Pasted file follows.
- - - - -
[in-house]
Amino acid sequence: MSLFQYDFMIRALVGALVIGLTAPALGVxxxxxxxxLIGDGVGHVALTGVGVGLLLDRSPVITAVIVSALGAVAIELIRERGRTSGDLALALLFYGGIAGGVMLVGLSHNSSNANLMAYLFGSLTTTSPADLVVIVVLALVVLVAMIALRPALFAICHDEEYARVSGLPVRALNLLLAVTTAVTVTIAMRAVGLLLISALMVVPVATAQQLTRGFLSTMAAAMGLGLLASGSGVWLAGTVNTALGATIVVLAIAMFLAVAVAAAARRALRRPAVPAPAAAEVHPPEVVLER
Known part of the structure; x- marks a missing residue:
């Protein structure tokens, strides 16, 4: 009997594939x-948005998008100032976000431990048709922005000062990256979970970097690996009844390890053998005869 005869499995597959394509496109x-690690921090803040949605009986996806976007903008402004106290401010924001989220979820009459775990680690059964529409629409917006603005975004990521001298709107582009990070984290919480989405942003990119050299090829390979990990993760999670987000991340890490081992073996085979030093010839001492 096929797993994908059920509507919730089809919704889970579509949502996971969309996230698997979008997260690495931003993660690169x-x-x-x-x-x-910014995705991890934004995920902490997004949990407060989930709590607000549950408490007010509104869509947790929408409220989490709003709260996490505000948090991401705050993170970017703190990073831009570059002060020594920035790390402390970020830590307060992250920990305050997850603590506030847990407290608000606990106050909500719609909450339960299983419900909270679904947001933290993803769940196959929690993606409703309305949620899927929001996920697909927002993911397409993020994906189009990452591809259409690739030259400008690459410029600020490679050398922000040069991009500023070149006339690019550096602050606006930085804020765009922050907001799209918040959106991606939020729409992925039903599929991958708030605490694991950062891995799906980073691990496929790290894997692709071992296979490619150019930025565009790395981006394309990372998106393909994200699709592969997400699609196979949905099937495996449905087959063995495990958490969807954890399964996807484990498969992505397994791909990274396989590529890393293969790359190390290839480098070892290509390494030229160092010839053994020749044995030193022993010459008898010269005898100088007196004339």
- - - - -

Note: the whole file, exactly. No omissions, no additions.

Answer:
[in-house]
Amino acid sequence: MSLFQYDFMIRALVGALVIGLTAPALGVxxxxxxxxLIGDGVGHVALTGVGVGLLLDRSPVITAVIVSALGAVAIELIRERGRTSGDLALALLFYGGIAGGVMLVGLSHNSSNANLMAYLFGSLTTTSPADLVVIVVLALVVLVAMIALRPALFAICHDEEYARVSGLPVRALNLLLAVTTAVTVTIAMRAVGLLLISALMVVPVATAQQLTRGFLSTMAAAMGLGLLASGSGVWLAGTVNTALGATIVVLAIAMFLAVAVAAAARRALRRPAVPAPAAAEVHPPEVVLER
Known part of the structure; x- marks a missing residue:
């Protein structure tokens, strides 16, 4: 009997594939x-948005998008100032976000431990048709922005000062990256979970970097690996009844390890053998005869 005869499995597959394509496109x-690690921090803040949605009986996806976007903008402004106290401010924001989220979820009459775990680690059964529409629409917006603005975004990521001298709107582009990070984290919480989405942003990119050299090829390979990990993760999670987000991340890490081992073996085979030093010839001492 096929797993994908059920509507919730089809919704889970579509949502996971969309996230698997979008997260690495931003993660690169x-x-x-x-x-x-910014995705991890934004995920902490997004949990407060989930709590607000549950408490007010509104869509947790929408409220989490709003709260996490505000948090991401705050993170970017703190990073831009570059002060020594920035790390402390970020830590307060992250920990305050997850603590506030847990407290608000606990106050909500719609909450339960299983419900909270679904947001933290993803769940196959929690993606409703309305949620899927929001996920697909927002993911397409993020994906189009990452591809259409690739030259400008690459410029600020490679050398922000040069991009500023070149006339690019550096602050606006930085804020765009922050907001799209918040959106991606939020729409992925039903599929991958708030605490694991950062891995799906980073691990496929790290894997692709071992296979490619150019930025565009790395981006394309990372998106393909994200699709592969997400699609196979949905099937495996449905087959063995495990958490969807954890399964996807484990498969992505397994791909990274396989590529890393293969790359190390290839480098070892290509390494030229160092010839053994020749044995030193022993010459008898010269005898100088007196004339």